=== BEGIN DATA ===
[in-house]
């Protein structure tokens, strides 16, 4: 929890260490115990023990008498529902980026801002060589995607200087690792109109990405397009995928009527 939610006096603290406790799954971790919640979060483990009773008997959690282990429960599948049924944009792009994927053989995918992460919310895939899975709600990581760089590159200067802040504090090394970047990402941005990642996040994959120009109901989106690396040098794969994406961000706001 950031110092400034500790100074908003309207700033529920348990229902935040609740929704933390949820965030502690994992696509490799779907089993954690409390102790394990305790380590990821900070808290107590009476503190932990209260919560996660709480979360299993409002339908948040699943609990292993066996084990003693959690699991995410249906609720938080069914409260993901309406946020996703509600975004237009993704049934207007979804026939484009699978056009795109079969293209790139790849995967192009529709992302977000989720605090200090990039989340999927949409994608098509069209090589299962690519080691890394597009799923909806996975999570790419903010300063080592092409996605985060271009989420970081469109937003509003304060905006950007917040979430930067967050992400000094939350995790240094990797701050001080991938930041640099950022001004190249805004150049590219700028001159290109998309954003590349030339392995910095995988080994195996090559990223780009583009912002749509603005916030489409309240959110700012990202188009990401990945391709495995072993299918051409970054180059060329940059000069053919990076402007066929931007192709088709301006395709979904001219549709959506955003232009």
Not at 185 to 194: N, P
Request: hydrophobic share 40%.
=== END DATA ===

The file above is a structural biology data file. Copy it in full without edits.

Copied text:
[in-house]
């Protein structure tokens, strides 16, 4: 929890260490115990023990008498529902980026801002060589995607200087690792109109990405397009995928009527 939610006096603290406790799954971790919640979060483990009773008997959690282990429960599948049924944009792009994927053989995918992460919310895939899975709600990581760089590159200067802040504090090394970047990402941005990642996040994959120009109901989106690396040098794969994406961000706001 950031110092400034500790100074908003309207700033529920348990229902935040609740929704933390949820965030502690994992696509490799779907089993954690409390102790394990305790380590990821900070808290107590009476503190932990209260919560996660709480979360299993409002339908948040699943609990292993066996084990003693959690699991995410249906609720938080069914409260993901309406946020996703509600975004237009993704049934207007979804026939484009699978056009795109079969293209790139790849995967192009529709992302977000989720605090200090990039989340999927949409994608098509069209090589299962690519080691890394597009799923909806996975999570790419903010300063080592092409996605985060271009989420970081469109937003509003304060905006950007917040979430930067967050992400000094939350995790240094990797701050001080991938930041640099950022001004190249805004150049590219700028001159290109998309954003590349030339392995910095995988080994195996090559990223780009583009912002749509603005916030489409309240959110700012990202188009990401990945391709495995072993299918051409970054180059060329940059000069053919990076402007066929931007192709088709301006395709979904001219549709959506955003232009």
Not at 185 to 194: N, P
Request: hydrophobic share 40%.